Yeah, what you probably won't ever get on the NASA site is a page that contains blatant untruths that someone knowingly put up as a joke or to discredit something they don't like. However, I think you would have to be unlucky to actually see that on Wikipedia, since any page with a controversial subject is likely to have a dedicated editor who will quickly revert any malicious changes. And more subtle systematic errors would be difficult to perpetrate because they would likely be picked up and corrected before long.
On the other hand, the people who write the NASA articles are exactly the same people who are likely to also add their latest research to Wikipedia. The difference being that once a page is "published" on any non-Wikipedia site it could be difficult to correct any errors due to the publication process that the site requires - the author is probably several steps removed from the website technician who actually makes changes to the site. Whereas errors or research updates can be made immediately to Wikipedia pages.
So, in my opinion, the risk of falling foul of a deliberate error on Wikipedia is far less than the risk of seeing an inadvertant error or outdated research on a NASA page.
I do agree that you would be very unlucky to fall foul of that on Wikipedia, and honestly I don't know how website editing is handled so I'm sure you're right about more small errors slipping through - still a small error in spelling or grammar doesn't make the actual content of a webpage unreliable, and I don't feel like errors in content would be made on Nasa's website. In regards to webpages being outdated, I'm sure new ones in the research area would be published eventually to keep up with the times - though clearly in this example the article is outdated as there has yet to be a response to their critism. This doesn't mean to say that their original article was full of crap however, scientists often try to discredit each other due to their own egos and that they think they can make themselves look clever by crapping over other peoples' hard work. As I said scientific research articles do fall under a great deal of scrutiny; it would seem counterintuitive for a research body to put that much care into its articles and yet let its webpage slide, it would also turn them into a joke of the science community if they did.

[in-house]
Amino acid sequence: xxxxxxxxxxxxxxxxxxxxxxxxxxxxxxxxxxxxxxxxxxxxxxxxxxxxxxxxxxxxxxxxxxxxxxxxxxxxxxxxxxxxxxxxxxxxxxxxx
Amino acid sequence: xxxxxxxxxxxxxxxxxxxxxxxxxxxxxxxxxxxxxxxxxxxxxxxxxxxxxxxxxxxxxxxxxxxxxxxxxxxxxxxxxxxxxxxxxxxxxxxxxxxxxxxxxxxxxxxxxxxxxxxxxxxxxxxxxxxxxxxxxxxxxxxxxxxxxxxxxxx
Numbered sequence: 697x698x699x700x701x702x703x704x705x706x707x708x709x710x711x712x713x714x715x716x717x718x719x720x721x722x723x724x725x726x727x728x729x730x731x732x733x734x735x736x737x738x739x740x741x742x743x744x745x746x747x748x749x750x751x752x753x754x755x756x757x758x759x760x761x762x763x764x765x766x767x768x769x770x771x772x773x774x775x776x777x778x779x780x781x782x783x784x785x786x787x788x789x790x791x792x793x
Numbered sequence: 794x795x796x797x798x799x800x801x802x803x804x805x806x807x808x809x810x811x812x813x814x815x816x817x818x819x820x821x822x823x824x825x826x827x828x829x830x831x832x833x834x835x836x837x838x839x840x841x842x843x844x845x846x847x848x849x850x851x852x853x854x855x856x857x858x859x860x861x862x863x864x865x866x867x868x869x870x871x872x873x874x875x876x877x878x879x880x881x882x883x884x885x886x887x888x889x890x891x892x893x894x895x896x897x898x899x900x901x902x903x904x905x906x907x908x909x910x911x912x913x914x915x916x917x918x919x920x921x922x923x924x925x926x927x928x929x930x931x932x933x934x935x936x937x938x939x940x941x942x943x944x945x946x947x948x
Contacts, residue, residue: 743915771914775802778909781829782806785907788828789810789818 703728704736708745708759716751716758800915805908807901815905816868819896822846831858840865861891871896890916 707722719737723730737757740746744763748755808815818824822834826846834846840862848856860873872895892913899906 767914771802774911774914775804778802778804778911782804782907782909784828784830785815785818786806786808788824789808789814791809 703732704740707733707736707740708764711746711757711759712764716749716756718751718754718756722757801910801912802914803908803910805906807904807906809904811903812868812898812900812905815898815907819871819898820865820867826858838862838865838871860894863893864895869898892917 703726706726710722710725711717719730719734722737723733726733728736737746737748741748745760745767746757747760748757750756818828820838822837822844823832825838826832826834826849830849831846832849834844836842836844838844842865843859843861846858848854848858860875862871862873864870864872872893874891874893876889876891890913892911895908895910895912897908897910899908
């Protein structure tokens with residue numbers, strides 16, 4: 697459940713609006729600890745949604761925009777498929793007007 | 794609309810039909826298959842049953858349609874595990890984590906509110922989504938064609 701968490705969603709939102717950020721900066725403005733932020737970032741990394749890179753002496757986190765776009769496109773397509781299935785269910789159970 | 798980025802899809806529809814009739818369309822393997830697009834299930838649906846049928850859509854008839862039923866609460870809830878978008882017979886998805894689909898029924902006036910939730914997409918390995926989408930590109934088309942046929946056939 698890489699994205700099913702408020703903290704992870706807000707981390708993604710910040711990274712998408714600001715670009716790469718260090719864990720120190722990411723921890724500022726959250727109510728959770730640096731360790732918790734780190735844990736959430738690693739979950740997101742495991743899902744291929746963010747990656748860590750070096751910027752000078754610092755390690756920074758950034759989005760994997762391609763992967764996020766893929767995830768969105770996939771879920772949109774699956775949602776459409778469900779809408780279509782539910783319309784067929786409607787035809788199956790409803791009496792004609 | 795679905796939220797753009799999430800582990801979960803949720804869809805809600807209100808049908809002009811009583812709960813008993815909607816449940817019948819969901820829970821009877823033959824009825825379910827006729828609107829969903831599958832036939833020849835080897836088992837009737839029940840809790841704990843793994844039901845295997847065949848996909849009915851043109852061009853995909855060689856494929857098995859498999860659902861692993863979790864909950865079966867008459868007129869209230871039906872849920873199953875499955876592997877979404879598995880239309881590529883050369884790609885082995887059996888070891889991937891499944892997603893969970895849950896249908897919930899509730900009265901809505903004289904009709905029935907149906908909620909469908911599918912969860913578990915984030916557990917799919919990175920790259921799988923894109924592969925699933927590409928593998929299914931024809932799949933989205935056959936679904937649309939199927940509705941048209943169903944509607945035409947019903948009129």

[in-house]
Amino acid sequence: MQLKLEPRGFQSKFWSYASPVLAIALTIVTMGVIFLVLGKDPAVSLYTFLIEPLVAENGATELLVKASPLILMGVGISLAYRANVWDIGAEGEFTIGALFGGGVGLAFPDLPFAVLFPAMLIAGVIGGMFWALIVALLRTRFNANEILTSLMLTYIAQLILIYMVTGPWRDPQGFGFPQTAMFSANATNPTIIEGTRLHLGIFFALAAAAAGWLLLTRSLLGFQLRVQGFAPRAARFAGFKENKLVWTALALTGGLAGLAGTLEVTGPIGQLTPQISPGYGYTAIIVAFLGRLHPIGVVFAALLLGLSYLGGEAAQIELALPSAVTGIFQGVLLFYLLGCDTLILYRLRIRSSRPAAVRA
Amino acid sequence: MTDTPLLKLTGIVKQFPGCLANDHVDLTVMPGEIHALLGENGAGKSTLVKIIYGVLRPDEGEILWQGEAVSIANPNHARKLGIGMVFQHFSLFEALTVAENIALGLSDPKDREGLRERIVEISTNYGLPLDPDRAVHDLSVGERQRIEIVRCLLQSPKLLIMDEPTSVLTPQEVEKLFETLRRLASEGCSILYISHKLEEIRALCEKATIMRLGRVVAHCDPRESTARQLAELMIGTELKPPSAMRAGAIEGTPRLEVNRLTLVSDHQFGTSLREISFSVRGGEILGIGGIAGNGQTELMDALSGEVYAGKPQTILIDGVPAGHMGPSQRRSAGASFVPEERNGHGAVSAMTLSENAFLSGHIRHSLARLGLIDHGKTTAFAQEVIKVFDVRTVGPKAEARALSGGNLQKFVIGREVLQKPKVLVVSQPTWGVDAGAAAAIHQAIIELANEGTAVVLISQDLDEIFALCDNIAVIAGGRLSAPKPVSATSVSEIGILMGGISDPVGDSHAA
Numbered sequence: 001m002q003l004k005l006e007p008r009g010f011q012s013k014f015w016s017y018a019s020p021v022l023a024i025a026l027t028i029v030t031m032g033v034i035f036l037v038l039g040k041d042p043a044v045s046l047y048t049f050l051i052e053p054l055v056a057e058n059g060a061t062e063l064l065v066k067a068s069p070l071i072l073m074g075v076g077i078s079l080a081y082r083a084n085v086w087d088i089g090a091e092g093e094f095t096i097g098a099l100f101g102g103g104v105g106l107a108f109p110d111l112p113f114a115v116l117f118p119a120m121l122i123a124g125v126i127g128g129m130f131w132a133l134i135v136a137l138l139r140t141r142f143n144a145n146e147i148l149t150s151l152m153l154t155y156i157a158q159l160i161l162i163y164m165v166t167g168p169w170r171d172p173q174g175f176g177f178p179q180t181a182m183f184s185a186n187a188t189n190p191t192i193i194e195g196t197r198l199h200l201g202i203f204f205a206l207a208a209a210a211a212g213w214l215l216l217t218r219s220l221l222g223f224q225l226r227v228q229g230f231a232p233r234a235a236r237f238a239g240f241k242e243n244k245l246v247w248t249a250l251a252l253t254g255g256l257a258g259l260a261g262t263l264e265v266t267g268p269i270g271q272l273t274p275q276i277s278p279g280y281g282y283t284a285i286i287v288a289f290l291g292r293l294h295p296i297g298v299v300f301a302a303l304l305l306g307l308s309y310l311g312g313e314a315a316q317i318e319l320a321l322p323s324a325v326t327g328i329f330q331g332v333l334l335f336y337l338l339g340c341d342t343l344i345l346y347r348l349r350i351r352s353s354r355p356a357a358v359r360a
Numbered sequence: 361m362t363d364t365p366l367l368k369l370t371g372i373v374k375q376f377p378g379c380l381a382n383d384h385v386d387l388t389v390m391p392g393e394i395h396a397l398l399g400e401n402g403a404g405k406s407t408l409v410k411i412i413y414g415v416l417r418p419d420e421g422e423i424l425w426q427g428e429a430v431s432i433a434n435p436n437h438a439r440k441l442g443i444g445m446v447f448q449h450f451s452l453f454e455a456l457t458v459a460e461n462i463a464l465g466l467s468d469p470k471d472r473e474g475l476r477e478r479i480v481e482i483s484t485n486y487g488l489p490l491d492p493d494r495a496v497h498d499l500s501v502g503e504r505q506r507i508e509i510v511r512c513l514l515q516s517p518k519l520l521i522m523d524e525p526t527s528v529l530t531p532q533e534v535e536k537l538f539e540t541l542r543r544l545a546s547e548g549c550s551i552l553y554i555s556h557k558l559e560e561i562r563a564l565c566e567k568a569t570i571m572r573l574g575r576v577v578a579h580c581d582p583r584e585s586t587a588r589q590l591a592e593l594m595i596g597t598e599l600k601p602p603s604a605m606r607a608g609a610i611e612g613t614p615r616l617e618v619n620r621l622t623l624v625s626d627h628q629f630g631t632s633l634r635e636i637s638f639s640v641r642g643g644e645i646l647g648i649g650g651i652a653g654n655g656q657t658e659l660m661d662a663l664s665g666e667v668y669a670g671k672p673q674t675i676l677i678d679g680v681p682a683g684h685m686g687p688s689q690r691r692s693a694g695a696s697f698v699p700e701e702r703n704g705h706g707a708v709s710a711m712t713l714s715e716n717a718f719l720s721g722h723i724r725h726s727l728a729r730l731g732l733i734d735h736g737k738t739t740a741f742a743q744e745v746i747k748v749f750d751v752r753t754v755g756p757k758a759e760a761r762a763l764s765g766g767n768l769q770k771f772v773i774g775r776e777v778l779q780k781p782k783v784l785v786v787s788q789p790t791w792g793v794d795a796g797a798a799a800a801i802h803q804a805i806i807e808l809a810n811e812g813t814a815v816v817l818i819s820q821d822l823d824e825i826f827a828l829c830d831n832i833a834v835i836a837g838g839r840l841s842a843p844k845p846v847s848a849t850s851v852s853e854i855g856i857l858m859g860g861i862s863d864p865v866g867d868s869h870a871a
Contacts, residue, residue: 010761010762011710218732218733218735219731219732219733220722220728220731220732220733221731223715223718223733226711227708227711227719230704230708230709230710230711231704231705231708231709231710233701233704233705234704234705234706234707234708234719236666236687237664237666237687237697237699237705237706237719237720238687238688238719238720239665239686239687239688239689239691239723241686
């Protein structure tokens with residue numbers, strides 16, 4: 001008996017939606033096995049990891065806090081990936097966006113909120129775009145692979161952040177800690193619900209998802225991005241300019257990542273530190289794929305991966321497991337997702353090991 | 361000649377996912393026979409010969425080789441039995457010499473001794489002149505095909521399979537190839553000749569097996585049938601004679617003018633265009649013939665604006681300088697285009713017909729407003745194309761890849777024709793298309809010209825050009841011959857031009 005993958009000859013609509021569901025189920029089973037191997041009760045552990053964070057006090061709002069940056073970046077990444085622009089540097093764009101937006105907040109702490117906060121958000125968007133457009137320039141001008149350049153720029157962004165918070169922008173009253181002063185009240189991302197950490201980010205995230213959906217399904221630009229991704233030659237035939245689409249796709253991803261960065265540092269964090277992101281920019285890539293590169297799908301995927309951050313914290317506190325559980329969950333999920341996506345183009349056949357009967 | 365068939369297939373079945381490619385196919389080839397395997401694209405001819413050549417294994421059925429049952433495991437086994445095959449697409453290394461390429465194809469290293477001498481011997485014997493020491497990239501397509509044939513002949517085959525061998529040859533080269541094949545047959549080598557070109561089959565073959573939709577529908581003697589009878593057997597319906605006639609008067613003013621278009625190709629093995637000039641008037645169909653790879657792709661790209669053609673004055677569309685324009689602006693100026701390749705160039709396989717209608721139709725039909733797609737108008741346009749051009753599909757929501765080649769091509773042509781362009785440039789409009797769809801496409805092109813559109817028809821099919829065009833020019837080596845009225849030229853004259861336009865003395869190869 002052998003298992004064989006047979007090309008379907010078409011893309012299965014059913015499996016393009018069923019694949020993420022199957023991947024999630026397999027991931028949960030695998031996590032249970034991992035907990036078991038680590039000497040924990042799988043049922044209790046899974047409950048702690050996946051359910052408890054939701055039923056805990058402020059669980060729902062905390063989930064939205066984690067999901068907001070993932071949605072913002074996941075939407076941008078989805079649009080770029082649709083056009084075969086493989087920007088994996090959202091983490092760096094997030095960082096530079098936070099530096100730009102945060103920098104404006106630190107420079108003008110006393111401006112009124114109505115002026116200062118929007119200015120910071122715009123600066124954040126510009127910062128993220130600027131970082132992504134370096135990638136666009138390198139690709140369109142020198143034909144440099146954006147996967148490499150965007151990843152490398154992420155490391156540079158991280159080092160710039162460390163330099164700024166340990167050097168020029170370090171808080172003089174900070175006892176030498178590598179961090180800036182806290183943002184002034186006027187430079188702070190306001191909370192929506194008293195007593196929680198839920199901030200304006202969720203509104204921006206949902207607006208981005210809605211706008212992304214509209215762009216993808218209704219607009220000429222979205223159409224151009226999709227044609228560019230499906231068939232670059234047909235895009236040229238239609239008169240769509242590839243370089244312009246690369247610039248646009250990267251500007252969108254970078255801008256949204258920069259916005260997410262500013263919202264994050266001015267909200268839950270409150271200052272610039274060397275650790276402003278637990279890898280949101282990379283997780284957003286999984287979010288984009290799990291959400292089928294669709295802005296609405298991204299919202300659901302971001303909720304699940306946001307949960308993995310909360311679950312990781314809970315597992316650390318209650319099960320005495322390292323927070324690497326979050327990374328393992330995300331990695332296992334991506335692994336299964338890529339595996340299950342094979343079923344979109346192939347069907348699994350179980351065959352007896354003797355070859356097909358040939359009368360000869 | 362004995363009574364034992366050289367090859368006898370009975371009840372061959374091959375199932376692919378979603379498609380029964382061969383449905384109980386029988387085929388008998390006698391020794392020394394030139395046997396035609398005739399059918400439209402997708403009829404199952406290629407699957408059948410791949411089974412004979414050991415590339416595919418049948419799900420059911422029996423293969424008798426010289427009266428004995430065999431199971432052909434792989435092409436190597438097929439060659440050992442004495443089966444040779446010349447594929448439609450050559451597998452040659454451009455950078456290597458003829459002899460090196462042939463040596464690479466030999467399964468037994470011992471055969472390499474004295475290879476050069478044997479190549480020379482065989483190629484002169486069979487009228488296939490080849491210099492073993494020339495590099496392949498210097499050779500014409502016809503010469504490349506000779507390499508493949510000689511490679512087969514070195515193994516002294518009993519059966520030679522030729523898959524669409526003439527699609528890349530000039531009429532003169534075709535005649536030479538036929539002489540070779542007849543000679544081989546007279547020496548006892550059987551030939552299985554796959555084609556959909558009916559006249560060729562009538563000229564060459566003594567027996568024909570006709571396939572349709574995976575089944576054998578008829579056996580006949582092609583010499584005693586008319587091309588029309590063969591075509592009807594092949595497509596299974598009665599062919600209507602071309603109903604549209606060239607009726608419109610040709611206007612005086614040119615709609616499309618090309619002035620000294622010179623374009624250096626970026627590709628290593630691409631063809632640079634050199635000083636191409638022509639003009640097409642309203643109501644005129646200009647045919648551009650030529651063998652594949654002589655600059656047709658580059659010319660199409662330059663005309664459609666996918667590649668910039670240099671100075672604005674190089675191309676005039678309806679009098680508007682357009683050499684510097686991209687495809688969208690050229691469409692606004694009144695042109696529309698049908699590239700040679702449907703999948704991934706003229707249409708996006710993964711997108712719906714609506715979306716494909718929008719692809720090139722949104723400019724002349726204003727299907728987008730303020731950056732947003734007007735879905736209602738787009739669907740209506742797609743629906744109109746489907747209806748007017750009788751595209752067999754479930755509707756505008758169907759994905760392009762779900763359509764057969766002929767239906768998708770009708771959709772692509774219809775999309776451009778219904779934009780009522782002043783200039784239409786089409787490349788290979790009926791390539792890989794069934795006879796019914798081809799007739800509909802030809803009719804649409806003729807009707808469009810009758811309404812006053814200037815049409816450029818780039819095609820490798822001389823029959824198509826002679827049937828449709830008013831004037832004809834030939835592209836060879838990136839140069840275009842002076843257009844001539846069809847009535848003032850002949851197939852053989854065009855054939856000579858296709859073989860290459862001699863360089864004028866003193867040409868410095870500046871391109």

I still stand by my assertion that Nasa would be more reliable for content than wikipedia - but only by a smidge. They're both quite reliable in my book. If I'd had known this was going to turn into such a debate I wouldn't have been so glib in my first response, I even voted for Wikipedia for irony's sake - I guess there's egg on my face now! Without looking at the original article I can't be sure how sensationalist Nasa's claims were, but "Science" where the article was published is the leading scientific journal in the world - most researchers would give their right arm to get an article in there so I doubt what they wrote on the webpage was that misleading if it's based primarily on the article.